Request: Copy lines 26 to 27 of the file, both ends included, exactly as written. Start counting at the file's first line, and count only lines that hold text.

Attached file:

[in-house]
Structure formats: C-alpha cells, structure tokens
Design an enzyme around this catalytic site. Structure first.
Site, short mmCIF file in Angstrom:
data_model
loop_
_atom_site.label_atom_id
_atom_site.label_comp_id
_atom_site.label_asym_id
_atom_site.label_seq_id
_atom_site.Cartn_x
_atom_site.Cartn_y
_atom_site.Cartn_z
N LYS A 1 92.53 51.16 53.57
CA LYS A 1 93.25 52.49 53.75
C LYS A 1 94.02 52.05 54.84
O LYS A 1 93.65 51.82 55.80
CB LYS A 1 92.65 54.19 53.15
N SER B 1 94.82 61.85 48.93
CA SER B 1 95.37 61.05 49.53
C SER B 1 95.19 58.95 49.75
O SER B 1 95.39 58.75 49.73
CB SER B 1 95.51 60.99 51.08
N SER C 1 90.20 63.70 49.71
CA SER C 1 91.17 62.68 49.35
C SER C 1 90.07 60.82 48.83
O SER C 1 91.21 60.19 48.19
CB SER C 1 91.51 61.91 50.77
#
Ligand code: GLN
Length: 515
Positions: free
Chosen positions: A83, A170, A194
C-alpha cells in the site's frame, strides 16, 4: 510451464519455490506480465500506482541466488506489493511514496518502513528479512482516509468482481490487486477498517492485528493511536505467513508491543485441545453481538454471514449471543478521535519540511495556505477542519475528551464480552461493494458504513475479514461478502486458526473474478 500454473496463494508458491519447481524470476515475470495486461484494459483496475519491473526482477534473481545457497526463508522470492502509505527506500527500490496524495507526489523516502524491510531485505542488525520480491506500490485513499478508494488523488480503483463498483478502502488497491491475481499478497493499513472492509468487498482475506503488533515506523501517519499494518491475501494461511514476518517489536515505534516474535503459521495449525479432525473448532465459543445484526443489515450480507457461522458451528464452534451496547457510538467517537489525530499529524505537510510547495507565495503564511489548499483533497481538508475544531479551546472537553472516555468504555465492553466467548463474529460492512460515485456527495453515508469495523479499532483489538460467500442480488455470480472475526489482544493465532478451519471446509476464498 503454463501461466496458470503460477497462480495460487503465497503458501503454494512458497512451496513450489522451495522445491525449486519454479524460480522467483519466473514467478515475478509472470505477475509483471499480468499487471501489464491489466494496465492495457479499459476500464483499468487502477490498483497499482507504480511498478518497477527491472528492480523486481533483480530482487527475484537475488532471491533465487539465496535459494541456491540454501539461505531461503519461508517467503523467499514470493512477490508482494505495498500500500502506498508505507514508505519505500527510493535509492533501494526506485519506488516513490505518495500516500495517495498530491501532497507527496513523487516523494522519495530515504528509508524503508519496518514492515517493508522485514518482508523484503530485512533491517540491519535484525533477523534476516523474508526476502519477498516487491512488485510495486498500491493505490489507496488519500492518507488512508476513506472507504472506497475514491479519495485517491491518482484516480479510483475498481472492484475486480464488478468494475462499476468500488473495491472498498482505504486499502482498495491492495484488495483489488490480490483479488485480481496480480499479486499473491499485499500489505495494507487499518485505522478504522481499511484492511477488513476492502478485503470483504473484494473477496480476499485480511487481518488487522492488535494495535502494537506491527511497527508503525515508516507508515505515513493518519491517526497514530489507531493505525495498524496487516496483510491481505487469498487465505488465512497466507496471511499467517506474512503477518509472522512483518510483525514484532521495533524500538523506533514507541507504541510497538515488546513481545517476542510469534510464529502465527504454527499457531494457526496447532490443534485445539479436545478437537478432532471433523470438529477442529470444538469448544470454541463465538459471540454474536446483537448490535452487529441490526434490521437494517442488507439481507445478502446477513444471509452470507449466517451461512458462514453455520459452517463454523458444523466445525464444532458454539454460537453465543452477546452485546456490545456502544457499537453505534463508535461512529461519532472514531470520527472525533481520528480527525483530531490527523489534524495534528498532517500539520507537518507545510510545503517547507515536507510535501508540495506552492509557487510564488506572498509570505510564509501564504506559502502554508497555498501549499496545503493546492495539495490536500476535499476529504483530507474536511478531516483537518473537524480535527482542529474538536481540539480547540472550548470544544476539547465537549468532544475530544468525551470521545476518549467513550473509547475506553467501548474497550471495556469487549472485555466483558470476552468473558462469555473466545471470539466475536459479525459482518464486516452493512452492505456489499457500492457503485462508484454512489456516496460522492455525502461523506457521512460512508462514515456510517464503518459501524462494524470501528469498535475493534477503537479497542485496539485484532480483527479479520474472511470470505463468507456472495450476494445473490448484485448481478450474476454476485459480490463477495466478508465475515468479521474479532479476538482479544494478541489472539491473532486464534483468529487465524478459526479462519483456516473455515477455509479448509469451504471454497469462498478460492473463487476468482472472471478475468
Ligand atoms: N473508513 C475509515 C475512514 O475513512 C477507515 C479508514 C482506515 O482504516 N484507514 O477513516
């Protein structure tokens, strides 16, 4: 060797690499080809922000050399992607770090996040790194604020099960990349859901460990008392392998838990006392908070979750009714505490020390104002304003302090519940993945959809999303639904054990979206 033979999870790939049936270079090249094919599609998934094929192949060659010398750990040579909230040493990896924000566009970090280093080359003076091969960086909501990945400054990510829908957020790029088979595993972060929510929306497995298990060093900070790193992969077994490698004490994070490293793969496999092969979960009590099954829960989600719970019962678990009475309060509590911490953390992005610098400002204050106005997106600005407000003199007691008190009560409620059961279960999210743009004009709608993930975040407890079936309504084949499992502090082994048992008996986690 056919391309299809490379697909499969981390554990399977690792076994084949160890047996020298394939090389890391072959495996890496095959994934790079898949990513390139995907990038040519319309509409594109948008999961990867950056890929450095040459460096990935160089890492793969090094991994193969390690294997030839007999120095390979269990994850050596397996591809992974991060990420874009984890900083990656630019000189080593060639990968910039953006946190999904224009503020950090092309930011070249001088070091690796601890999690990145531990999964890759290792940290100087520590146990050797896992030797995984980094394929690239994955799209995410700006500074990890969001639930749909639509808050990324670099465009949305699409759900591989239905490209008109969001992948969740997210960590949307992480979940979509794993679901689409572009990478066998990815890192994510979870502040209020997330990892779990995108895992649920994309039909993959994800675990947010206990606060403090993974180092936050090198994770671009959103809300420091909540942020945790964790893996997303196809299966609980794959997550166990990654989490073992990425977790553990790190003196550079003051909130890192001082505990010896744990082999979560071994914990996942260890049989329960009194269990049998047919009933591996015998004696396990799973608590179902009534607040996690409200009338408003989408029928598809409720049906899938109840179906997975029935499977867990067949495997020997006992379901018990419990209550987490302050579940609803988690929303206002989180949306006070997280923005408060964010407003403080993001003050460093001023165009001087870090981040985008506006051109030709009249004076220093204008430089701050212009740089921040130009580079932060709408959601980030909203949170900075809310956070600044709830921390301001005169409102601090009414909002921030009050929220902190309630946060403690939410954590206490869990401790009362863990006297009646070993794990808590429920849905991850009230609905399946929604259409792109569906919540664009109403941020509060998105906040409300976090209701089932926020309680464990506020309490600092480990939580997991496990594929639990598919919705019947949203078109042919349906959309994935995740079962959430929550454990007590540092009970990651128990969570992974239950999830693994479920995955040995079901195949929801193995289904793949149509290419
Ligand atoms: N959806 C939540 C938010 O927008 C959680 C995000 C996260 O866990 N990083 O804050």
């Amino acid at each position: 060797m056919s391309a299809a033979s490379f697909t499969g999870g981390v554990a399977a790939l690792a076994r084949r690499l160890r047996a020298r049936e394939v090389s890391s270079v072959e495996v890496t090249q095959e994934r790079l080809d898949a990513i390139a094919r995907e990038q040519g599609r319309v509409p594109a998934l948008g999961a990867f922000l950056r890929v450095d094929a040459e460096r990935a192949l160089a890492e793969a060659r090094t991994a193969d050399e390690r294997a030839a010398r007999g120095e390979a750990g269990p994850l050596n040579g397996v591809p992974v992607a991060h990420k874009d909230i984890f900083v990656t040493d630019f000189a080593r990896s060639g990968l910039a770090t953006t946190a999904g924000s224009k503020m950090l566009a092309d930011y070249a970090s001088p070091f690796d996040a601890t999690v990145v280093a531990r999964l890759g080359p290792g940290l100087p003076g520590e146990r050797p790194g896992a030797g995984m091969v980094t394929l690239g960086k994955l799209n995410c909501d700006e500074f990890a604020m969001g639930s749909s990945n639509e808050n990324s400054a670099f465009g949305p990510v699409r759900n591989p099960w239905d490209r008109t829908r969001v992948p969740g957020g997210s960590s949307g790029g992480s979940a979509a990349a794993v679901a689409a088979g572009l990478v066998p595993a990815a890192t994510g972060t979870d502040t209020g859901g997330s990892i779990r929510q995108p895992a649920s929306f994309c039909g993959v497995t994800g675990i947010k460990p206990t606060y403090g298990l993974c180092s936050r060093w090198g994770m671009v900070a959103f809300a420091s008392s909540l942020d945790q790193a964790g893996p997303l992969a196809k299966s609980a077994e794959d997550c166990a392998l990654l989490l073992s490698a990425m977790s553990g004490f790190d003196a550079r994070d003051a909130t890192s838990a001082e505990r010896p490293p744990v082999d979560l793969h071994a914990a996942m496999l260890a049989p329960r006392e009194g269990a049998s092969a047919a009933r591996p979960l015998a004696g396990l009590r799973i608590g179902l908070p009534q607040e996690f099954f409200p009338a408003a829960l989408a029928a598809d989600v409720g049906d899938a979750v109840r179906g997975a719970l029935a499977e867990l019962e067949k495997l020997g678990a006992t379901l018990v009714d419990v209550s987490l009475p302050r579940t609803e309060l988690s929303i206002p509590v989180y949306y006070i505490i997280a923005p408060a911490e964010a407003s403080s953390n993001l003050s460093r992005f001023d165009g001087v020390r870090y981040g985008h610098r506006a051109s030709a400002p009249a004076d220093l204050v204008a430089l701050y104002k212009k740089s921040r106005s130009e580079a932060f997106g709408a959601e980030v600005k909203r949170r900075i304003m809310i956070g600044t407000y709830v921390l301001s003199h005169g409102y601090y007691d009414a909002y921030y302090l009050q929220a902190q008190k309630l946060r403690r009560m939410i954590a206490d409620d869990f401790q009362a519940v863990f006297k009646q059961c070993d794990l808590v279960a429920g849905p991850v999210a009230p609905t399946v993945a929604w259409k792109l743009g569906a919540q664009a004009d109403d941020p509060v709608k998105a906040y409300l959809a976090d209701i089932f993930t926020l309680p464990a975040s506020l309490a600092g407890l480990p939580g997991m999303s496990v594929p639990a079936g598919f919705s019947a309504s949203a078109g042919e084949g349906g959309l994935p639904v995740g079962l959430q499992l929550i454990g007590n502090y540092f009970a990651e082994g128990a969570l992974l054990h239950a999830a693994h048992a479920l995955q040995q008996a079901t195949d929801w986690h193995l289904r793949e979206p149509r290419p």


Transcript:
C SER C 1 90.07 60.82 48.83
O SER C 1 91.21 60.19 48.19